There is an inherent benefit to privacy, confidentiality and security for FOSS health IT systems.

There is another idea on the National Dialogue site that I thought was useful. It separates the concepts of privacy and confidentiality. Most people blur the concepts of privacy, security and confidentiality and talk about them in the same mouthful. For now I will consider that “privacy” is the ability to control who gets to see your data. Although my points apply to confidentiality and security as well.

FOSS Health IT  are inherently better ways to respect privacy because they support “trust-but-verify”, while proprietary systems just support trust.

The only way to know what a program is doing is to read the most human-readable version of that program, which is typically called sourcecode. There are countless examples of programs doing things other than what they appear to be doing. Viruses, Spyware, Monitoring features and Bugs are classic examples of this.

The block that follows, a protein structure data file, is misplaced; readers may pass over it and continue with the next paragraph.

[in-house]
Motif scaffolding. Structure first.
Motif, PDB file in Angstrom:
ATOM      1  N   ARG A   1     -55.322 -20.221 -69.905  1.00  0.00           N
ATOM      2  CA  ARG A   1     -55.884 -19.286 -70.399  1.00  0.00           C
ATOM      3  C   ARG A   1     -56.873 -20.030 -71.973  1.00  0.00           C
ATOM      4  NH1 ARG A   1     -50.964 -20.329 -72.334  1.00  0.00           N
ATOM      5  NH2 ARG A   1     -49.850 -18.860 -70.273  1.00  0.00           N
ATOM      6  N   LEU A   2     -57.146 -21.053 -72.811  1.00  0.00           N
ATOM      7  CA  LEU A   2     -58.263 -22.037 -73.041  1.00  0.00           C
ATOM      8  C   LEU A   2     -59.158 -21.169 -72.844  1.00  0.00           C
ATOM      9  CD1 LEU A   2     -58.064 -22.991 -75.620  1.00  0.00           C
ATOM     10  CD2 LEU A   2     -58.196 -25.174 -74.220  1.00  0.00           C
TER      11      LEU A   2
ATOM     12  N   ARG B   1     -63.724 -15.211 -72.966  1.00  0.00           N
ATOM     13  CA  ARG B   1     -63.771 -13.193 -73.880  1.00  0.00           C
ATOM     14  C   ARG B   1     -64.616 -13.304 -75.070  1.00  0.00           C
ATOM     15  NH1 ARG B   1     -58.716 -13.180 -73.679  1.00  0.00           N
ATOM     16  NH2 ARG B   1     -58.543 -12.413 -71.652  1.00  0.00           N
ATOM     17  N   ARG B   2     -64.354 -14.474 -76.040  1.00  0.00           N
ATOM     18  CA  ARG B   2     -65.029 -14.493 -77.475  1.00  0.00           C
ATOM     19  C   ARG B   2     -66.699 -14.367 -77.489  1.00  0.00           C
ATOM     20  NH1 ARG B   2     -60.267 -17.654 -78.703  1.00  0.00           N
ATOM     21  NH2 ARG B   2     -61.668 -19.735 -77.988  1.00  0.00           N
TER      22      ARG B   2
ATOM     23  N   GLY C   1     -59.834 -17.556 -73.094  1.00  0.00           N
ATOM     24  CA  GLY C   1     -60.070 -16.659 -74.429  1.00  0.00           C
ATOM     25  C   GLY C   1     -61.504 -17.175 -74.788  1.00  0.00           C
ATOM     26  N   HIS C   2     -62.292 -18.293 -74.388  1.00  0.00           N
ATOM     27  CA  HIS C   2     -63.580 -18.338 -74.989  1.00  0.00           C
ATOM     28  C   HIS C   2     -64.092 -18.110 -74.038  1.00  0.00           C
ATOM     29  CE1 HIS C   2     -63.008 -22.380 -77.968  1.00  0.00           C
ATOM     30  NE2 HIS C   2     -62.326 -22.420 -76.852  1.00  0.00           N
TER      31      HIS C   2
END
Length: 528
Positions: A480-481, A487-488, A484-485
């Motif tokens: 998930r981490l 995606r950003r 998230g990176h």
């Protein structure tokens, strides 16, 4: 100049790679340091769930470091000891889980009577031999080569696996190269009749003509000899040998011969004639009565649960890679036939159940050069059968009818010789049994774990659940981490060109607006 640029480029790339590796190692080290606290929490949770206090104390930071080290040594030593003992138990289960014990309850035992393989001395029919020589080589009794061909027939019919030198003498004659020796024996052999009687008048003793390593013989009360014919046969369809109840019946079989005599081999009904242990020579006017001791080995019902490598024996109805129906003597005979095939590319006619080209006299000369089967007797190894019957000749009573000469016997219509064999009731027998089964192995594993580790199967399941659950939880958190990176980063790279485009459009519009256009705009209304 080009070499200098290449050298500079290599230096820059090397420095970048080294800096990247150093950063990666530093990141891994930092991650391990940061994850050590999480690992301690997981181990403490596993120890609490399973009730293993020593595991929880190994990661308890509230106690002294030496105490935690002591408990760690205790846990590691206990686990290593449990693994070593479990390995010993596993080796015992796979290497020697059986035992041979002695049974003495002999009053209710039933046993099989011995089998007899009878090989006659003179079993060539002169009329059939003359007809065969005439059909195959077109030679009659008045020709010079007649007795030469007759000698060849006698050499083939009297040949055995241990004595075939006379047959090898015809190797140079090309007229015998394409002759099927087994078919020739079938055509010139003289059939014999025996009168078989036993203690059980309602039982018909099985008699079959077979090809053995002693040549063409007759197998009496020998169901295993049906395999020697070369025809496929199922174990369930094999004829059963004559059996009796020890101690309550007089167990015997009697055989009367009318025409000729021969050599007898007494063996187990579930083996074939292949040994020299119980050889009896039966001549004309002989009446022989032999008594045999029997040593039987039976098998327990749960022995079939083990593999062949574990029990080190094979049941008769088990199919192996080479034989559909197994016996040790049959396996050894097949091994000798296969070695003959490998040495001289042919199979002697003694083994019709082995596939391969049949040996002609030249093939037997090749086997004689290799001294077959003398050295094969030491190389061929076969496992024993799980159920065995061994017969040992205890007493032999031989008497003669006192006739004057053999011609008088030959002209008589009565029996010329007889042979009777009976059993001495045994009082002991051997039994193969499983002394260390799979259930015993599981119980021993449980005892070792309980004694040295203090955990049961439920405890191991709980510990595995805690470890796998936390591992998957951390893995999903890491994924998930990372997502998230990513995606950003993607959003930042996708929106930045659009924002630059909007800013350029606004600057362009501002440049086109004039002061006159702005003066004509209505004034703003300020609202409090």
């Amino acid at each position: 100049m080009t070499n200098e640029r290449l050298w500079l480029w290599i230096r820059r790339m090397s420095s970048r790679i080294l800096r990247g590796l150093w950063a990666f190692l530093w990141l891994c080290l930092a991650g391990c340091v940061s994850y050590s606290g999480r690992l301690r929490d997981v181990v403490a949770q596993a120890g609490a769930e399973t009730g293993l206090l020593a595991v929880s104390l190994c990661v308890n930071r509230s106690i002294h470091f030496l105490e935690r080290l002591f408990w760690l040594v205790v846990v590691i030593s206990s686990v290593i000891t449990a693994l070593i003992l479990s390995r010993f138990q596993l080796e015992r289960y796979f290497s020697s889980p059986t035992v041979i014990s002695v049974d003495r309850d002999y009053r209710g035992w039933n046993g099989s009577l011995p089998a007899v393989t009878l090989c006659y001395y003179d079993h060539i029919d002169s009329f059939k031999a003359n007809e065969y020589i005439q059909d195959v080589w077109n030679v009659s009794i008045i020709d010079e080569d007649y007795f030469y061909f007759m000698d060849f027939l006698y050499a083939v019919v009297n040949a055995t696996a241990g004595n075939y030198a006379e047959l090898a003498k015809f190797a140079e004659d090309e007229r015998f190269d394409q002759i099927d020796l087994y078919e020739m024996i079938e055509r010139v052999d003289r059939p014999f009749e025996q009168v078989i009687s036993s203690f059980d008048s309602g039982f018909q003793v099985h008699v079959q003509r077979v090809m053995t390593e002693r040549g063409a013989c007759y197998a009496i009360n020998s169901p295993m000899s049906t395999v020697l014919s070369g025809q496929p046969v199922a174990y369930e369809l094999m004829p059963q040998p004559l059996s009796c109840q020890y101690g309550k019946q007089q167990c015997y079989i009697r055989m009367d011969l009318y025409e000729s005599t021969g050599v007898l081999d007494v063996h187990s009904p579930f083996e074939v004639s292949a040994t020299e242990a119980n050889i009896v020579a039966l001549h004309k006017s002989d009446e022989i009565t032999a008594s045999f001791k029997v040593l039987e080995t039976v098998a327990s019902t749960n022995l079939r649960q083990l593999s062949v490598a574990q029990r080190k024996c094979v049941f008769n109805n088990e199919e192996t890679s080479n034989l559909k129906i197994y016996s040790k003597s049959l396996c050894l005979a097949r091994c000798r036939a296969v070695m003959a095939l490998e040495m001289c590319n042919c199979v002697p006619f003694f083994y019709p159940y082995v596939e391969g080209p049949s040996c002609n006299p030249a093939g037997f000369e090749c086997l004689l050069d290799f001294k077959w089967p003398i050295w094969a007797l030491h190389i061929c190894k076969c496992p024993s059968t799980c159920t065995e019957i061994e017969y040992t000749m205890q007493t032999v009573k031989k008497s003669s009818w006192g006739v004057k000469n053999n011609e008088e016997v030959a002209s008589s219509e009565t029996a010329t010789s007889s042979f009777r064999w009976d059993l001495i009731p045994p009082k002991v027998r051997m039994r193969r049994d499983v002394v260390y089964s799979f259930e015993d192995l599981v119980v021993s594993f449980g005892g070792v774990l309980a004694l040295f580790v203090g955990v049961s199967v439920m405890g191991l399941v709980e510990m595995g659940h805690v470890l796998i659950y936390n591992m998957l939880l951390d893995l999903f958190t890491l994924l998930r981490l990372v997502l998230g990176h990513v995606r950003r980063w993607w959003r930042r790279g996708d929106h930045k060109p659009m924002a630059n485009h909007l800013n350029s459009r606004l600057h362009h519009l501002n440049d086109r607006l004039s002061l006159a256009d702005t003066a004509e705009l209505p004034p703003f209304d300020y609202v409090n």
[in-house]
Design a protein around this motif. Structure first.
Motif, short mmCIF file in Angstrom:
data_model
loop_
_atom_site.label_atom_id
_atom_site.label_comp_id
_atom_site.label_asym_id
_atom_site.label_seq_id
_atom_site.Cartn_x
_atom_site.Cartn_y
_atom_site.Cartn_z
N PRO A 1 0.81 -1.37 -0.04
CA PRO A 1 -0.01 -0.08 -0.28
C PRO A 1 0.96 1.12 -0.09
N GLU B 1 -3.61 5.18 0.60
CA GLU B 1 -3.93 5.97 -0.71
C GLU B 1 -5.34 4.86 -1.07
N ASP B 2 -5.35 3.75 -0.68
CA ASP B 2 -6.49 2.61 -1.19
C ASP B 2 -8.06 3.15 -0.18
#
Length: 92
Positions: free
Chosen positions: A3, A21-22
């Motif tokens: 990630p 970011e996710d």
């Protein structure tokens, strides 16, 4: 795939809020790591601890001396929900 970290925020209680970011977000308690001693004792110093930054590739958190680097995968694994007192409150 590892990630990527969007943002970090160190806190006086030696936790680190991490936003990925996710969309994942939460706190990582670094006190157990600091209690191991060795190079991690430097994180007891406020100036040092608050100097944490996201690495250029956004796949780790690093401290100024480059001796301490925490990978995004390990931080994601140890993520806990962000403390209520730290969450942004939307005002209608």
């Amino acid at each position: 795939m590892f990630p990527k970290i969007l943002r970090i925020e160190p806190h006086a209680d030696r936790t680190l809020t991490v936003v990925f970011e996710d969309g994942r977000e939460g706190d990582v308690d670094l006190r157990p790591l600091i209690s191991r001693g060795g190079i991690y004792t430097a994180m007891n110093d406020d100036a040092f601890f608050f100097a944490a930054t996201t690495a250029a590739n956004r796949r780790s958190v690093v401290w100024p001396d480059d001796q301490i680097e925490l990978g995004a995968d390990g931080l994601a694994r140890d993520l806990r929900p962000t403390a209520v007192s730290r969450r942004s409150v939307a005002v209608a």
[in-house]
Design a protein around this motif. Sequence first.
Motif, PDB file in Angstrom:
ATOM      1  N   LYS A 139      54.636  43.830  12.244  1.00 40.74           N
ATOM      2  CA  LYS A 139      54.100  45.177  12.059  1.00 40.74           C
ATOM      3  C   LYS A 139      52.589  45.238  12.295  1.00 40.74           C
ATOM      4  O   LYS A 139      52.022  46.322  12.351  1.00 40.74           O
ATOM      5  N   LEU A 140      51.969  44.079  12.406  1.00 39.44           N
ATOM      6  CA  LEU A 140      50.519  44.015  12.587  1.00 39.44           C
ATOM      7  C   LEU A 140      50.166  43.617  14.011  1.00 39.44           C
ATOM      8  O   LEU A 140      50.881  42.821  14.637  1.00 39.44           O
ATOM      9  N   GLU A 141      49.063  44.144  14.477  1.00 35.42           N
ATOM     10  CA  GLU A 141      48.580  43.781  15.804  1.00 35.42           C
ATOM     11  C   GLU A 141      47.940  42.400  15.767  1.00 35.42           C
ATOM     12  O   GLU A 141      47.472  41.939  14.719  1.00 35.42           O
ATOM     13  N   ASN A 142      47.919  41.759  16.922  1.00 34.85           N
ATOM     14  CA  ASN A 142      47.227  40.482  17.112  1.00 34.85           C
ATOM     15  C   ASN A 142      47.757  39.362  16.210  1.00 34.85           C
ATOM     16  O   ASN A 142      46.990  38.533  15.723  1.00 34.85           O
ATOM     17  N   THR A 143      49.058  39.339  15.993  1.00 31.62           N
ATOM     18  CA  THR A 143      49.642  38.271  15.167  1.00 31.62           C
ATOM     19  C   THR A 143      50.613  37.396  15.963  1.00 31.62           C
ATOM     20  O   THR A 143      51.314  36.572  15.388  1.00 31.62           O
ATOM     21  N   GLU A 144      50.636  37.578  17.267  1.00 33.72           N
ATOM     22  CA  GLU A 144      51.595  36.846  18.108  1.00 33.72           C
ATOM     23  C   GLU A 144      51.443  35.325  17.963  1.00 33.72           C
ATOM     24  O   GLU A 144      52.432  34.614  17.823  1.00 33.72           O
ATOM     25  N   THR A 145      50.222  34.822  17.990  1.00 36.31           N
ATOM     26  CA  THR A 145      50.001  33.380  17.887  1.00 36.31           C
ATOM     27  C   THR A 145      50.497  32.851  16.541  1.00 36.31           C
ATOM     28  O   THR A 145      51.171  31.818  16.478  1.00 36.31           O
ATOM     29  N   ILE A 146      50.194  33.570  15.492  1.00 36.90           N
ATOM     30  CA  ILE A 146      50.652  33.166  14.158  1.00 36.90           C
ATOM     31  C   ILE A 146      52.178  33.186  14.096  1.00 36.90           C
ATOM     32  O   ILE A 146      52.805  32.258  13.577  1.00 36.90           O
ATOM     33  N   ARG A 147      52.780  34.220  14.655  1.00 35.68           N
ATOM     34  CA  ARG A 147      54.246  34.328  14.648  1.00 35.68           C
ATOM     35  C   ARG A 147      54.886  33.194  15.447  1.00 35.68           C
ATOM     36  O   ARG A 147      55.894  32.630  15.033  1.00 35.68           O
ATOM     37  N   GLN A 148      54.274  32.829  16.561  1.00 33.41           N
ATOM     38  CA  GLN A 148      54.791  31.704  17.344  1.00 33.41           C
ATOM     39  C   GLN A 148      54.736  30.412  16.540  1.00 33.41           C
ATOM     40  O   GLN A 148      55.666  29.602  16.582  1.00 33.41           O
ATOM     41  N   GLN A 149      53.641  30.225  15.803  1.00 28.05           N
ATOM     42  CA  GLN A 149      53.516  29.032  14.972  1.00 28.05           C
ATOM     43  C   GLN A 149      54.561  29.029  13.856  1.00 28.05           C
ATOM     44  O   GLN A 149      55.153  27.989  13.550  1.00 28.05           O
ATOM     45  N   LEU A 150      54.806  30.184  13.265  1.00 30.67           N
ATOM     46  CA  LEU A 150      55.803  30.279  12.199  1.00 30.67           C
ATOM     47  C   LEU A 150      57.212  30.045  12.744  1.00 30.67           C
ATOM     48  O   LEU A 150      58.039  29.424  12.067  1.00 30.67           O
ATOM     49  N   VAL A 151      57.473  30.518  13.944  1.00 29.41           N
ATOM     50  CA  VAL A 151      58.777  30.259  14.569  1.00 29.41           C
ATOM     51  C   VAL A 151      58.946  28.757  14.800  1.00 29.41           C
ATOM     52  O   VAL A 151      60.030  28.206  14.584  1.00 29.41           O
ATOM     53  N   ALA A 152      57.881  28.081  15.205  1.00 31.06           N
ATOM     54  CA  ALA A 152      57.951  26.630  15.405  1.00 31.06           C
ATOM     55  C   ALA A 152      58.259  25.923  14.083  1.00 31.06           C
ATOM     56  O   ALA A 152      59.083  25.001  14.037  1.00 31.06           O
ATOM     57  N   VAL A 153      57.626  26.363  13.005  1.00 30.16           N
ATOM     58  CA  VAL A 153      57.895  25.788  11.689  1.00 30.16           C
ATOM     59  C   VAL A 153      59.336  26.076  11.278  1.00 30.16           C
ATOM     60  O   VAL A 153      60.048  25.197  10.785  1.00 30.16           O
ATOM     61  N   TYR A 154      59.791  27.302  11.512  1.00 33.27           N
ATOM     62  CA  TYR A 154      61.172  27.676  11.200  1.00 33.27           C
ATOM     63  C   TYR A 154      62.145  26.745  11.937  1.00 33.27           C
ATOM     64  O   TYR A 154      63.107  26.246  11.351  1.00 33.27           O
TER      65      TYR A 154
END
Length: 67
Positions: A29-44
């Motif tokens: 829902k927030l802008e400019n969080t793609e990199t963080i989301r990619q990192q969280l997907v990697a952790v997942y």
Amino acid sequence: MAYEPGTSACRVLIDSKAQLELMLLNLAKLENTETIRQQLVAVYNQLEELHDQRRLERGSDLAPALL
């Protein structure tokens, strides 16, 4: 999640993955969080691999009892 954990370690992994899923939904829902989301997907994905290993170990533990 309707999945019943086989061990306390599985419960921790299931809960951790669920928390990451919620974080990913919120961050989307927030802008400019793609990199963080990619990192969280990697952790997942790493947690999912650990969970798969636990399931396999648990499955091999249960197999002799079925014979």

When a proprietary Health IT program says it respects your privacy, there is no way to know for a user to know if this is true directly, he must trust the proprietary vendor. The fact that most proprietary vendors are honest is irrelevant. The trouble with dishonest people is that you cannot tell the difference between them and honest people. We cannot know which proprietary Health IT vendors are respecting privacy and which are not. Also, the same large organizations who you might normally “trust” have in fact a very poor history of abusing privacy; Microsoft being the best example.

So does HealthVault respect privacy? Probably. But there is no way to be sure without reading the code.

Does Dossia respect privacy? Probably. But we can check by auditing the sourcecode of Indivo, because Dossia is based the FOSS Indivo project. Suppose that you believe that Indivo does not do a sufficient job of respecting privacy, or you find a back door (unlikely). You can fork the code, remove or change the offending portions of Indivo, and then run your own Indivo server with the privacy features that you want.